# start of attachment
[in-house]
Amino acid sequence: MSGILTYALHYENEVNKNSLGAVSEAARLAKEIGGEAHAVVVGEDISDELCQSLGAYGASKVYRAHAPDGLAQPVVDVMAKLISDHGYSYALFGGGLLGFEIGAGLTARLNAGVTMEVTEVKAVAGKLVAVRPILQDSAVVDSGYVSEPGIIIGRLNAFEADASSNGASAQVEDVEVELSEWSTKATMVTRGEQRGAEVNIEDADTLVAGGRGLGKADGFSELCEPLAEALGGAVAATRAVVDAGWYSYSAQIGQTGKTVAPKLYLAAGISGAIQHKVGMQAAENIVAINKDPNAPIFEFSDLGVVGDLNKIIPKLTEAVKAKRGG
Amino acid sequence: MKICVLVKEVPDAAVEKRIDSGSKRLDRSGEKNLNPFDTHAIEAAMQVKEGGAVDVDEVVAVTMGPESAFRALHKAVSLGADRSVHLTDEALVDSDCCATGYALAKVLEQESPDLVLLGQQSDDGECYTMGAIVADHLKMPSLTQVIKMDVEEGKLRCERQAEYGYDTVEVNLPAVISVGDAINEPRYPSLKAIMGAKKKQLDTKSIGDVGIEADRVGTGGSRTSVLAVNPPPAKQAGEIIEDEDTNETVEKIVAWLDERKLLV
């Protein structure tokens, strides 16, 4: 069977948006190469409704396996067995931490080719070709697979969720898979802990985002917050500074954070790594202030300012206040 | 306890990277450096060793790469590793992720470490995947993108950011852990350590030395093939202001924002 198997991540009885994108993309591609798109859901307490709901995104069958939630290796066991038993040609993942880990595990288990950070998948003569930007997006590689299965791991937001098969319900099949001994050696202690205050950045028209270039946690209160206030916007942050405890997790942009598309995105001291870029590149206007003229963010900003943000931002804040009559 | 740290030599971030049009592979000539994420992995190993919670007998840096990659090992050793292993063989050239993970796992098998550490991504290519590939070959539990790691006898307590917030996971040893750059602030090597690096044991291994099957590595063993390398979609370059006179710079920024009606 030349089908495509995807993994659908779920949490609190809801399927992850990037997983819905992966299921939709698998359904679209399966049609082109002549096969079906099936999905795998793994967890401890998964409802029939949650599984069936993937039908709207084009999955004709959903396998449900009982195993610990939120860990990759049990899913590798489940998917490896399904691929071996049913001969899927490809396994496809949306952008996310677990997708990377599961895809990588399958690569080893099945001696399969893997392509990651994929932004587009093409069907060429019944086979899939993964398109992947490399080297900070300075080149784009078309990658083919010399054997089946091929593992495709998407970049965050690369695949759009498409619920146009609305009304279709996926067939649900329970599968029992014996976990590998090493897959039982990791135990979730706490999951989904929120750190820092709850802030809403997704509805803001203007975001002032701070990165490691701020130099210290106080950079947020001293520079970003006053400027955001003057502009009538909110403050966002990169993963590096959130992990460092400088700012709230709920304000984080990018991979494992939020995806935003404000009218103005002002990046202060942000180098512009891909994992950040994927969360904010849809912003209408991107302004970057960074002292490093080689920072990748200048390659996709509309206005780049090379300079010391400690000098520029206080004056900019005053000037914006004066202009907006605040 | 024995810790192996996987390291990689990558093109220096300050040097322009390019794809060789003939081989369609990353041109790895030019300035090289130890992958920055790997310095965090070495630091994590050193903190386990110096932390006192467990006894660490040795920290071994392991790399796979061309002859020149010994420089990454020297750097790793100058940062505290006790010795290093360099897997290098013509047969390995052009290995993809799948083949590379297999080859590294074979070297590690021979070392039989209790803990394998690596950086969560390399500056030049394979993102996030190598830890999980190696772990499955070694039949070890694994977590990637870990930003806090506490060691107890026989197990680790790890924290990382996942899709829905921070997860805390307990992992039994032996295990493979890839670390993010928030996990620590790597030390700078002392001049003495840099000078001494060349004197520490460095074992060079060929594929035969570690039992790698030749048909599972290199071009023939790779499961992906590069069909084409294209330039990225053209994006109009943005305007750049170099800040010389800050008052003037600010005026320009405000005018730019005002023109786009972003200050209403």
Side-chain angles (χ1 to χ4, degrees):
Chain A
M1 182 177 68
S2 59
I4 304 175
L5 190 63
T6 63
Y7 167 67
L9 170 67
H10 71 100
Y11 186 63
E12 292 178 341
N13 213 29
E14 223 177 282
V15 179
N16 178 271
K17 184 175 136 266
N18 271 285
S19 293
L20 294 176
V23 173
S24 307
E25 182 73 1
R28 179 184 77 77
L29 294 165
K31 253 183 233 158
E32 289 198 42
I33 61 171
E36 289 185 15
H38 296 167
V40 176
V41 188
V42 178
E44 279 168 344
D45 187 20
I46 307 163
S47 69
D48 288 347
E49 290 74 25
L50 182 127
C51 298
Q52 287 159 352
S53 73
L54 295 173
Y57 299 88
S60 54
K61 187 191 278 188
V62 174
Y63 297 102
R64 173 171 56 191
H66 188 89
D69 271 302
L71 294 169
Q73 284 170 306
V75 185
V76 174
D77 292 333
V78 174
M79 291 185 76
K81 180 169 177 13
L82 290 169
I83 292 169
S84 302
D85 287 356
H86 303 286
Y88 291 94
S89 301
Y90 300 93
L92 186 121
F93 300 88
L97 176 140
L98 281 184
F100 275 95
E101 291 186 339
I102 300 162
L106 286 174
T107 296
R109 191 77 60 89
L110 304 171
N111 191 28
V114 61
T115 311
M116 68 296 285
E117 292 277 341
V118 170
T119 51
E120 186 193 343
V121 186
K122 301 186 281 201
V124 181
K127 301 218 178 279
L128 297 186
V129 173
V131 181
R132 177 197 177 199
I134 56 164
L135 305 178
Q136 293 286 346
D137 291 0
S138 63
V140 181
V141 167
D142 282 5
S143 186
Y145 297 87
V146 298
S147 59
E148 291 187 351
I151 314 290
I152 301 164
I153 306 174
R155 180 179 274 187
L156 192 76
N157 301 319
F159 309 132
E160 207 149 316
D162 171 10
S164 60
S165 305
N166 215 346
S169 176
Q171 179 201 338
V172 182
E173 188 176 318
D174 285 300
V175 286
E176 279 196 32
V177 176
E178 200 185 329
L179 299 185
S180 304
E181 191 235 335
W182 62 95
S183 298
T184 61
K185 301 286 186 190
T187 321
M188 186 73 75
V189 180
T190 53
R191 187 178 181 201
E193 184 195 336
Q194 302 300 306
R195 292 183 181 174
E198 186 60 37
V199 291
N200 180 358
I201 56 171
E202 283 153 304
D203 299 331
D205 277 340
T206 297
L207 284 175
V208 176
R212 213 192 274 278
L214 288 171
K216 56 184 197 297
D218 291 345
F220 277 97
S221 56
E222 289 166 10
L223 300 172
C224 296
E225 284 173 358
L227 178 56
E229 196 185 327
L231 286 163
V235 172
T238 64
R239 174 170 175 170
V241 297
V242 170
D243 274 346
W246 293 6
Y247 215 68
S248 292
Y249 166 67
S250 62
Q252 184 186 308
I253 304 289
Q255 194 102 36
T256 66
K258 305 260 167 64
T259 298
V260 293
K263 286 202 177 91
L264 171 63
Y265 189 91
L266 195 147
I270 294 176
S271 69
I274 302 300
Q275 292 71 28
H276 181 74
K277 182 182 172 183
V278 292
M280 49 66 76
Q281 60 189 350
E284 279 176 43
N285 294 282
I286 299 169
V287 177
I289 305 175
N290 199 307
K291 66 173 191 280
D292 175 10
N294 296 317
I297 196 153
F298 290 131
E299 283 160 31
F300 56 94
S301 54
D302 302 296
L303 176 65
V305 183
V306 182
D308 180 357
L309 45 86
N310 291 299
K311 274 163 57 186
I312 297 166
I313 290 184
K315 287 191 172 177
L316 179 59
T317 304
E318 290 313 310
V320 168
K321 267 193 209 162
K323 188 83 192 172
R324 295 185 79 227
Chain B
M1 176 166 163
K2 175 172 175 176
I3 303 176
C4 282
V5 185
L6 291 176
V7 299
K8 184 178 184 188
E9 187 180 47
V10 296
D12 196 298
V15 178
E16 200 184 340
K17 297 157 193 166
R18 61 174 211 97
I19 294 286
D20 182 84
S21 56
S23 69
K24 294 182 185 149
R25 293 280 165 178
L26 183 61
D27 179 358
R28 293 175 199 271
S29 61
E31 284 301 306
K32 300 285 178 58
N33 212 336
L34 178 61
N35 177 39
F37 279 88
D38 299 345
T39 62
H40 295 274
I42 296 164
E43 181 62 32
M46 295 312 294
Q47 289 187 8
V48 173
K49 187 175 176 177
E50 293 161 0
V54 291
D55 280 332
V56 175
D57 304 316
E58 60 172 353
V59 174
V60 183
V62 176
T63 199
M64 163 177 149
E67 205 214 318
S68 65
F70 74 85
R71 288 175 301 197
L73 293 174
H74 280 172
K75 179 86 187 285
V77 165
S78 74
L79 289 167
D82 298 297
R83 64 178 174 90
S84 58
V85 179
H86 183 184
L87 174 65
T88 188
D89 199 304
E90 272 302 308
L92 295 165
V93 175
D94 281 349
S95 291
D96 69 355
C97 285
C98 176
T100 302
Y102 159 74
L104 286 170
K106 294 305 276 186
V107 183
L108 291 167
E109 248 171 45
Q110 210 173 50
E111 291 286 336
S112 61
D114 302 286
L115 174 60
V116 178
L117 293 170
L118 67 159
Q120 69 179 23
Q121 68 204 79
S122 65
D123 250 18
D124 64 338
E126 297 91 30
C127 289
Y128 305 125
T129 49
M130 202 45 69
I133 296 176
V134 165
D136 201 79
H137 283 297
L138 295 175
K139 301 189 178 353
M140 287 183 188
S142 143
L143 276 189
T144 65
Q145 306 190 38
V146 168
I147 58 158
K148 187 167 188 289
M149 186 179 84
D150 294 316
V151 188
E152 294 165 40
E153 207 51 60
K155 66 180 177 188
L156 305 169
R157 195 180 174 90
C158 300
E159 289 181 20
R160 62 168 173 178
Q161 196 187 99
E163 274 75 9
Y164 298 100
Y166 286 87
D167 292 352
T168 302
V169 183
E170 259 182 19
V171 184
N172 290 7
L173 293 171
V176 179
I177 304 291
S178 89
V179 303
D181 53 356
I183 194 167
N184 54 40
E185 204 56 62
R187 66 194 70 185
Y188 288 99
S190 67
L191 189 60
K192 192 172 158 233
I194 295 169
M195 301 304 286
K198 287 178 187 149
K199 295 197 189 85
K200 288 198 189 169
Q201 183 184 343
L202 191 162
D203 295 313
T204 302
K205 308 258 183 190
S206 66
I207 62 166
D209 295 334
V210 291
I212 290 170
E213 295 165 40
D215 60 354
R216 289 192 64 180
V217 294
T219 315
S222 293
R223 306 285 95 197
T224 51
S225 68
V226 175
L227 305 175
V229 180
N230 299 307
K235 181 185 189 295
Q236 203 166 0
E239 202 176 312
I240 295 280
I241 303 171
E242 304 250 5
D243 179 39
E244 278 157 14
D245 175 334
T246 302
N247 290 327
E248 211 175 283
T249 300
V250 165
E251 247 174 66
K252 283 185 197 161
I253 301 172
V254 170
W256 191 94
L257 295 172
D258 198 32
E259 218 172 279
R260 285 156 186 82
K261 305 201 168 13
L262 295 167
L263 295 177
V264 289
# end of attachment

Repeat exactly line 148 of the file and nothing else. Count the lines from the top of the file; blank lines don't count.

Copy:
R195 292 183 181 174